Defeating the Procrastination Monster – Part 5

By June 29, 2015 Productivity No Comments

Framework 4: Kill Burnout, Low Mojo, and Over-Productivity with Purposefully Pointless Play

====5-PART SERIES=====
Introduction: The Things You Care About Doing But Haven’t Gotten Around To…
Framework 1: Tackle Big Dreams, Eliminate Overwhelm, and Prevent Disappointment with Bottom-Up Goals and the MIT System
Framework 2: Eliminate Distractions with a Flow-Friendly Schedule
Framework 3: Knock Out Tasks That Are Difficult to Start by Following the 15 Minute Rule
Framework 4: Kill Burnout, Low Mojo, and Over-Productivity with Purposefully Pointless Play

Have you ever said to yourself, “I can’t go out tonight because I have lots of work to do”?

After all, things are going great and you have to keep up with the pace or risk becoming overwhelmed by the increasing mound of work left to do!

Instead of caving into your friend’s invitation to try out a cooking class or go for a hike in the mountains over the weekend, you chose to do the “right” thing by working.

Go, you!

The weeks and months pass…all of a sudden 3 years whiz by and you don’t remember the last time you had gone out for a *truly* fun time.

“But I DO have fun!”

Okay, let’s do a quick gut check to figure out if you’re actually having fun.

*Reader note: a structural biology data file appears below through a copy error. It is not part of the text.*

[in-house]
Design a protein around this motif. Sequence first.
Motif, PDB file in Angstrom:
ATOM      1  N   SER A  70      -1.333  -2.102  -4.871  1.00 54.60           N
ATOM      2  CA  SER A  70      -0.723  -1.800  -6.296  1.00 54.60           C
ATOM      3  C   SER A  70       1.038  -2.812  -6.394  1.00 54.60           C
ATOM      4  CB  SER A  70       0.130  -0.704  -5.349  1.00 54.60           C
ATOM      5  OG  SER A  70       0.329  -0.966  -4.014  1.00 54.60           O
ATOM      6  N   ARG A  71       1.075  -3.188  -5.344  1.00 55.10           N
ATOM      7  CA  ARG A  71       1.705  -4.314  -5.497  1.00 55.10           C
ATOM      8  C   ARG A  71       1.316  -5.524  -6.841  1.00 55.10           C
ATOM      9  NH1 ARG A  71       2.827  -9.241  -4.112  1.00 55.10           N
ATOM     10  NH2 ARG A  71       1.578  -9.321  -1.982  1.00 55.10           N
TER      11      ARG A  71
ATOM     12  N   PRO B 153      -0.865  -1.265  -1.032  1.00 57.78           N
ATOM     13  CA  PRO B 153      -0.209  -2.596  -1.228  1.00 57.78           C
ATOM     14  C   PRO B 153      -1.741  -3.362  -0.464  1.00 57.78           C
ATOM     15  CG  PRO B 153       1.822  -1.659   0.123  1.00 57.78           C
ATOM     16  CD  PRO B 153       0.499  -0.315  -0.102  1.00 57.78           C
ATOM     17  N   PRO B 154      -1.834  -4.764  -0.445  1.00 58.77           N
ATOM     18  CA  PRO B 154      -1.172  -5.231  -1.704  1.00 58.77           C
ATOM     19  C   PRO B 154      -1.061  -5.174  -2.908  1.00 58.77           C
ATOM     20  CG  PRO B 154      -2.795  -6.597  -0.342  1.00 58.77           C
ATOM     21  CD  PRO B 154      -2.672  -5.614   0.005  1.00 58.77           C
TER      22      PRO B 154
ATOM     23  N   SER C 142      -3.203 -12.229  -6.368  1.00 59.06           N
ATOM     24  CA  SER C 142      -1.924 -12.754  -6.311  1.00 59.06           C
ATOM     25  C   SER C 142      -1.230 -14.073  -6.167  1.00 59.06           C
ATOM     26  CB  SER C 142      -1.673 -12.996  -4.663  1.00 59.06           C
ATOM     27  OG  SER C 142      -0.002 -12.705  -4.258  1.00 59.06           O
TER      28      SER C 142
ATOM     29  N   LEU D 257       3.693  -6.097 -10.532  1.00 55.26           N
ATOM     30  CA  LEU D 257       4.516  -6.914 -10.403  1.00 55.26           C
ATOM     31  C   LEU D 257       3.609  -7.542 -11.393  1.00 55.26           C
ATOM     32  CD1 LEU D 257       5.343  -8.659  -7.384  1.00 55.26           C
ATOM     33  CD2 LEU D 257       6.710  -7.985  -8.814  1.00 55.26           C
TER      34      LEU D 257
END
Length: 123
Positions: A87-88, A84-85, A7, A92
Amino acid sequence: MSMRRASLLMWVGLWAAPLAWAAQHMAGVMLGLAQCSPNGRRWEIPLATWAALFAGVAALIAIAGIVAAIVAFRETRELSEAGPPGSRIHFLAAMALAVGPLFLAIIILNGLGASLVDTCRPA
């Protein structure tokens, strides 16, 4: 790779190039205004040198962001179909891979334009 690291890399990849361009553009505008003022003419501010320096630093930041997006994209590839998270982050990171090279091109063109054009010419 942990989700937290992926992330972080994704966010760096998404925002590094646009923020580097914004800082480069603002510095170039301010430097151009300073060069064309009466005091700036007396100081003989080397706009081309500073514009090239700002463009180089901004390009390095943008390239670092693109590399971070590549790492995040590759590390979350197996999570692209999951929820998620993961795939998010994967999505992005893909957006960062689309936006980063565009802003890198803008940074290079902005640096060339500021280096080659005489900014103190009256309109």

Two questions:

  1. Do you spend your “free time” meeting “cool, interesting people” at work-related mixers and happy hour events…so you can be productive and network with people who could help your business “while enjoying yourself” at the same time?
  2. Do you pick up a new hobby or sport and start competing in it so you can “at least make my fun time productive”?

If you said yes to either of these, here’s the verdict: Real fun is neither of these…at least not the kind of fun that will actually help you be more productive than you already are.

“How can I be more productive? I’m already maxed out!”

That’s exactly the problem, and the thing that is making you head towards burnout, if not already suffer from it.

When I say “burnout”, I mean the day we wake up and, instead of getting started with work as usual, we hole up in bed at home, turn on Netflix, and eat a bag of popcorn, 3 packets of ramen noodles, and 5 bags of chips…in one sitting.

Then we go and yell at our partner/spouse/mother/father/dog and take the frustration out on them.

After that, we sleep and sleep. When we wake up again, we still don’t want to work. And we sleep more. And eat more.

And don’t get out of the house until we’ve watched all seasons of Game of Thrones.

When we aren’t completely crashing and burning, we wonder why our inner critic never shuts up.